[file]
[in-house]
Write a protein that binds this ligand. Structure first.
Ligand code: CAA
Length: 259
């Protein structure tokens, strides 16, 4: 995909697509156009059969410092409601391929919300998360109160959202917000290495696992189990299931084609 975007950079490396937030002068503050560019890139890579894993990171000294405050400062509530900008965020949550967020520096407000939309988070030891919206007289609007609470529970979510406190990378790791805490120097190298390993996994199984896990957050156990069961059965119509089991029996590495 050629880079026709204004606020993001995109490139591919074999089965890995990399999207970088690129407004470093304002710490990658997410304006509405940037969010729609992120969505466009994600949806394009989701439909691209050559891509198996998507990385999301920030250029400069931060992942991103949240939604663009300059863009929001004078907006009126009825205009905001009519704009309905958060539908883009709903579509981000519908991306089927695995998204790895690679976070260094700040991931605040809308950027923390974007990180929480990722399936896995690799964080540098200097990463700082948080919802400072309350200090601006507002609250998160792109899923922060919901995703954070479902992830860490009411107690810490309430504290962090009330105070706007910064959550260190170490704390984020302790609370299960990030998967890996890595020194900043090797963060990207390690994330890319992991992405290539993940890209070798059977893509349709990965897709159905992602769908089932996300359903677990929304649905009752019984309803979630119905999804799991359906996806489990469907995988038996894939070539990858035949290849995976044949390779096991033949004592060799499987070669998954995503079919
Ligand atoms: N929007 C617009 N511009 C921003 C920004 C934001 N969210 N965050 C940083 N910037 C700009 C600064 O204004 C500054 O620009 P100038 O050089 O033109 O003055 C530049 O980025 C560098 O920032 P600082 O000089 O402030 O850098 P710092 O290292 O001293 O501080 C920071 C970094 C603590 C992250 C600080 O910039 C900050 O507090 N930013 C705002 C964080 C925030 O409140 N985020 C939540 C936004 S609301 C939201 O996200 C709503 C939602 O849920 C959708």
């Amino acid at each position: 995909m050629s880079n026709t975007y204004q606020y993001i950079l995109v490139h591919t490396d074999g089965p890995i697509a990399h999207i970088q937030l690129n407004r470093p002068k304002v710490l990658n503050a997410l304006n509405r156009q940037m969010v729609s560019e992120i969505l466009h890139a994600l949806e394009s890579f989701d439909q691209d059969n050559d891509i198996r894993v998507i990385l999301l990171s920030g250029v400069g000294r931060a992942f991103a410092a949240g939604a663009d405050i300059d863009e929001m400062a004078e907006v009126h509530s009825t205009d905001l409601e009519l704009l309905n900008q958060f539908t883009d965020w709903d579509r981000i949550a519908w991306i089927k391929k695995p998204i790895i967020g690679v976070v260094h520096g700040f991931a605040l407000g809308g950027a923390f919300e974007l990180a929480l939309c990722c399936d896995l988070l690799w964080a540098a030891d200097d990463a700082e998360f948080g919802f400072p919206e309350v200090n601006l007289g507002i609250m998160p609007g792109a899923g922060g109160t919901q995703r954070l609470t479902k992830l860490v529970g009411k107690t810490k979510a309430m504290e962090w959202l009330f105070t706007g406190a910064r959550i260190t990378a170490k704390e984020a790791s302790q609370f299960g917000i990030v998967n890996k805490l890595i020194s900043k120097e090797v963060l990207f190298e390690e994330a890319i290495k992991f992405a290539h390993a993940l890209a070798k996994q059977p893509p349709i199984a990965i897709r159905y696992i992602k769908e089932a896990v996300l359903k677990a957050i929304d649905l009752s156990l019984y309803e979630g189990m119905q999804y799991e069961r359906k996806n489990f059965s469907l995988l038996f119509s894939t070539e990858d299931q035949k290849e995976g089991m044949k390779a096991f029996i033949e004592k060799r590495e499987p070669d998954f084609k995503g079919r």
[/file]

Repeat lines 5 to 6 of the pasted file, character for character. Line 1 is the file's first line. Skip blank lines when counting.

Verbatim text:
């Protein structure tokens, strides 16, 4: 995909697509156009059969410092409601391929919300998360109160959202917000290495696992189990299931084609 975007950079490396937030002068503050560019890139890579894993990171000294405050400062509530900008965020949550967020520096407000939309988070030891919206007289609007609470529970979510406190990378790791805490120097190298390993996994199984896990957050156990069961059965119509089991029996590495 050629880079026709204004606020993001995109490139591919074999089965890995990399999207970088690129407004470093304002710490990658997410304006509405940037969010729609992120969505466009994600949806394009989701439909691209050559891509198996998507990385999301920030250029400069931060992942991103949240939604663009300059863009929001004078907006009126009825205009905001009519704009309905958060539908883009709903579509981000519908991306089927695995998204790895690679976070260094700040991931605040809308950027923390974007990180929480990722399936896995690799964080540098200097990463700082948080919802400072309350200090601006507002609250998160792109899923922060919901995703954070479902992830860490009411107690810490309430504290962090009330105070706007910064959550260190170490704390984020302790609370299960990030998967890996890595020194900043090797963060990207390690994330890319992991992405290539993940890209070798059977893509349709990965897709159905992602769908089932996300359903677990929304649905009752019984309803979630119905999804799991359906996806489990469907995988038996894939070539990858035949290849995976044949390779096991033949004592060799499987070669998954995503079919
Ligand atoms: N929007 C617009 N511009 C921003 C920004 C934001 N969210 N965050 C940083 N910037 C700009 C600064 O204004 C500054 O620009 P100038 O050089 O033109 O003055 C530049 O980025 C560098 O920032 P600082 O000089 O402030 O850098 P710092 O290292 O001293 O501080 C920071 C970094 C603590 C992250 C600080 O910039 C900050 O507090 N930013 C705002 C964080 C925030 O409140 N985020 C939540 C936004 S609301 C939201 O996200 C709503 C939602 O849920 C959708």